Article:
Society has mades us believe that our children need (even want!) a lot of toys. Shelves are filled with hundreds of toys, all with bright lights and sounds to attract children. It has gone way overboard, sucking kids in and putting guilt on parents who don’t buy their kids 10 toys for Christmas. The truth is, kids are pretty simple. Give them a bowl of water, some stickers or finger paint, stacking toys or a race car track, blocks to build a castle or sand to make a tunnel and they’ll be entertained.
My son just turned one, and even still, he very rarely plays with toys. We don’t have a lot to begin with, but he finds that tupperware, utensils, and random day to day objects are much more interesting. He has 3 baskets of toys that aren’t even all full, and one ride on truck toy. I plan to keep his toys to a minimum and I’m going to try very hard not to get roped into buying him every gadget out there. I simply don’t think having a lot of toys is necessary.
Sure, our children do need toys. Toys aren’t bad at all. Toys provide learning opportunities, a creative outlet and plain ol’ fun! But an entire playroom devoted to toys plus the corner in the family room plus the bedroom? Too much in my opinion.
My tip is to rotate your children’s toys. Every month or so bring out a new toy or two, and put another one away. Your child will forget he ever had the toy and it will seem brand new! If you think you do have too many toys, because your house is becoming cluttered with them or your child seems to never play with them, give them away or try to sell them.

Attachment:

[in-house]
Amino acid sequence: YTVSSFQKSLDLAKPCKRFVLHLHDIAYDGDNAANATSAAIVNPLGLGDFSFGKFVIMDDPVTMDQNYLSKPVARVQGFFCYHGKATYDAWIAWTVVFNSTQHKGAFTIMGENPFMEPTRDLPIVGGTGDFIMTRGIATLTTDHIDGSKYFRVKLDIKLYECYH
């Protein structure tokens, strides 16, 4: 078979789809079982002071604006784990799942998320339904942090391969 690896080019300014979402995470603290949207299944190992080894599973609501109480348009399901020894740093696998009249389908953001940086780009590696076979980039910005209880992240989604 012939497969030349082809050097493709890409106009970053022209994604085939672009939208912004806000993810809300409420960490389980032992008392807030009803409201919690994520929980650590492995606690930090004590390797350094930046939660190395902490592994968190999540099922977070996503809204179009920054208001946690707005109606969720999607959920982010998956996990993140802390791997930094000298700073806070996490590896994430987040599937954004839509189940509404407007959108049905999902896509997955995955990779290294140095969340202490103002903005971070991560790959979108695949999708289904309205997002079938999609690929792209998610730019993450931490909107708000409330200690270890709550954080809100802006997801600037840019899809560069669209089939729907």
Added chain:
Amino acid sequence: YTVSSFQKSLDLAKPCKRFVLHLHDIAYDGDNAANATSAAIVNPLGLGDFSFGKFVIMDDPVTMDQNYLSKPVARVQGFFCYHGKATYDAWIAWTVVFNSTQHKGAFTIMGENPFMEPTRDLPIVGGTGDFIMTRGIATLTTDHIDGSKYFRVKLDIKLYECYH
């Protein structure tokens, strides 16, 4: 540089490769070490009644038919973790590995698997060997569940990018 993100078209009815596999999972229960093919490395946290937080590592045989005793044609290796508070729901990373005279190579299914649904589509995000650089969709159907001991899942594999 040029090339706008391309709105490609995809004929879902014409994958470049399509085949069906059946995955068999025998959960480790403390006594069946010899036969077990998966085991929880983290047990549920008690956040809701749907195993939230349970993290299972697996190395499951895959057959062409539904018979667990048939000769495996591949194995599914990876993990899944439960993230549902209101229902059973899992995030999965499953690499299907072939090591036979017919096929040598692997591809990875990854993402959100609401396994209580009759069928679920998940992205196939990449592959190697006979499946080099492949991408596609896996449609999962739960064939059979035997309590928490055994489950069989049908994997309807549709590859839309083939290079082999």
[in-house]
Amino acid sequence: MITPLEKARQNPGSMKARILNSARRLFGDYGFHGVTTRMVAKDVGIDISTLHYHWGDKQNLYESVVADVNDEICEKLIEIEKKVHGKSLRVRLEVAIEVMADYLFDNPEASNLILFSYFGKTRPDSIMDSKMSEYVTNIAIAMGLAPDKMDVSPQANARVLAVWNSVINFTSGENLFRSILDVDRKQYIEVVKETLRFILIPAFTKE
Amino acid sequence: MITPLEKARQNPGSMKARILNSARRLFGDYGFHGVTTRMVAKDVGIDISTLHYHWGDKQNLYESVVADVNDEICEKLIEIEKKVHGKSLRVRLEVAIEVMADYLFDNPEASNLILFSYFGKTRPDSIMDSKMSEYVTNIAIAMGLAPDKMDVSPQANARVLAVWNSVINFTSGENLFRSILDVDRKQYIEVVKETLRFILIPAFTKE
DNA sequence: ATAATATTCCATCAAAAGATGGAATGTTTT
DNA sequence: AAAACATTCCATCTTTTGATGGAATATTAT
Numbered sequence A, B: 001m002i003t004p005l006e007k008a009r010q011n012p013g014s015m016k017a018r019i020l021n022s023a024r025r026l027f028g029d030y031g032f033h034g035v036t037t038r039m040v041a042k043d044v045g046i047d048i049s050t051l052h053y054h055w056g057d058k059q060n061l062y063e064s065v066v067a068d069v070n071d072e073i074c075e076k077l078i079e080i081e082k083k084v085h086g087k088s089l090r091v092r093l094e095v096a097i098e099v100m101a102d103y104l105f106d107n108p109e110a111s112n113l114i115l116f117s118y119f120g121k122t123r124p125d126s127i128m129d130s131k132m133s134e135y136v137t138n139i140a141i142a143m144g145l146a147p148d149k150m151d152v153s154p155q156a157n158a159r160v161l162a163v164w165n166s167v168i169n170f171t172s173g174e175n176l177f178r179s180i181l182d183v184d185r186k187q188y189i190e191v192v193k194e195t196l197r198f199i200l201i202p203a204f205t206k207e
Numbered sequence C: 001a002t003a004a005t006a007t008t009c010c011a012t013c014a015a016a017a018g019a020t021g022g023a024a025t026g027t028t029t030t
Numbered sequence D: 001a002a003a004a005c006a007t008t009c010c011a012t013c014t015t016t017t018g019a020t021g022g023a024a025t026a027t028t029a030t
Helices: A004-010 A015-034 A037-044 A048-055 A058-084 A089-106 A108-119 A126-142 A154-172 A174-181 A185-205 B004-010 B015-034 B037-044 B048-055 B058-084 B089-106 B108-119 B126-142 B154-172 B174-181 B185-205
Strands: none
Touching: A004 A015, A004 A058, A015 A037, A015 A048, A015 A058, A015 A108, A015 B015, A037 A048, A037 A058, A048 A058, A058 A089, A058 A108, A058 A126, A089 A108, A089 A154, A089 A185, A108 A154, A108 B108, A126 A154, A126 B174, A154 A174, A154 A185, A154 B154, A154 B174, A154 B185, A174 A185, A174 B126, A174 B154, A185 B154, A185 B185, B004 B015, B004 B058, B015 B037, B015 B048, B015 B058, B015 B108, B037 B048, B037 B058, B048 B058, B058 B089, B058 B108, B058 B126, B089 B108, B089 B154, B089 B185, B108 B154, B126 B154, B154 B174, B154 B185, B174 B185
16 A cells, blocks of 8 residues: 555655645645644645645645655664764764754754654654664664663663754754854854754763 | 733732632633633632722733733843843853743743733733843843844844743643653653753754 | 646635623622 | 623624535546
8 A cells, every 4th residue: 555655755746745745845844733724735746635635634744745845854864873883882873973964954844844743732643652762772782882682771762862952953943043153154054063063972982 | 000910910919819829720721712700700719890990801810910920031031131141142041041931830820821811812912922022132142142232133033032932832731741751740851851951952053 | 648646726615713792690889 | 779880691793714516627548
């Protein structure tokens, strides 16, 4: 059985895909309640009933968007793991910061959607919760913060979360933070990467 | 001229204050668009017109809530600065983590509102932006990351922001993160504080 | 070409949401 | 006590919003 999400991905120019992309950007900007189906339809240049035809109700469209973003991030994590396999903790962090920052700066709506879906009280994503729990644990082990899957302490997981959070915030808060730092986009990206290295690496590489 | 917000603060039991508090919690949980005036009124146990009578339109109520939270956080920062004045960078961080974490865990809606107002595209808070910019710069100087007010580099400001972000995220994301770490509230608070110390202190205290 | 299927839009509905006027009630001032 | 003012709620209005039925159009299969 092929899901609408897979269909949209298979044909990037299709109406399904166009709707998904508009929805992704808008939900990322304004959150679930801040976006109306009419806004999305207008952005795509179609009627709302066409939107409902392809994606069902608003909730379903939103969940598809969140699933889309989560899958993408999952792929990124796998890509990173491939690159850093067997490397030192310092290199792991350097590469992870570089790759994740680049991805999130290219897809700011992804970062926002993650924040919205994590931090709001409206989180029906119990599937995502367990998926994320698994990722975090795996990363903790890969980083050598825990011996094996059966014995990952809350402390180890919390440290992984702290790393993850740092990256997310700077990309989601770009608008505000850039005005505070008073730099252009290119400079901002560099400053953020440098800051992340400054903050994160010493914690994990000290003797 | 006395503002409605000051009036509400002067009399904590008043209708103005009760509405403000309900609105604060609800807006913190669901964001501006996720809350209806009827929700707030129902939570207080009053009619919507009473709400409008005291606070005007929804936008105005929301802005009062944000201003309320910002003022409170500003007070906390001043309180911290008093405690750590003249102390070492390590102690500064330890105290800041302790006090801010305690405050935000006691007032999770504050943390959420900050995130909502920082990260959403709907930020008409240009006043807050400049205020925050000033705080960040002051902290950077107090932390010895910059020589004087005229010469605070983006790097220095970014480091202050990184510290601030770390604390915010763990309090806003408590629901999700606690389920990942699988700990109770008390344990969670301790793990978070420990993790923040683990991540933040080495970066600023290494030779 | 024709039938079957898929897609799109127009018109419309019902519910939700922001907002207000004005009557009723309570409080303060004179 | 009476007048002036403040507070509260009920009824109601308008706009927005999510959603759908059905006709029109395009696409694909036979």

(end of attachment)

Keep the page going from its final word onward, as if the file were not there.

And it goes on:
Remember that toys don’t have to be the singing, talking, dancing, walking machine that sings the ABC’s, talks in Spanish, and has a mouth designed for colored blocks. Toys are what you make them. A bucket with a hole in your backyard is a toy. The empty pop bottles that you fill with rice and small treasures is a toy. The blankets laying over the couches is a toy.
Save your money. Buy quality toys that will last. Stick to the classics that have provided fun for generations. Inspire creativity in your children by giving them the chance to play with “basic” toys, and dig into that arts and crafts corner. Toys are fun, and toys are part of childhood. But remember, chances are your parent or grandparent grew up with a lot less toys than your child today.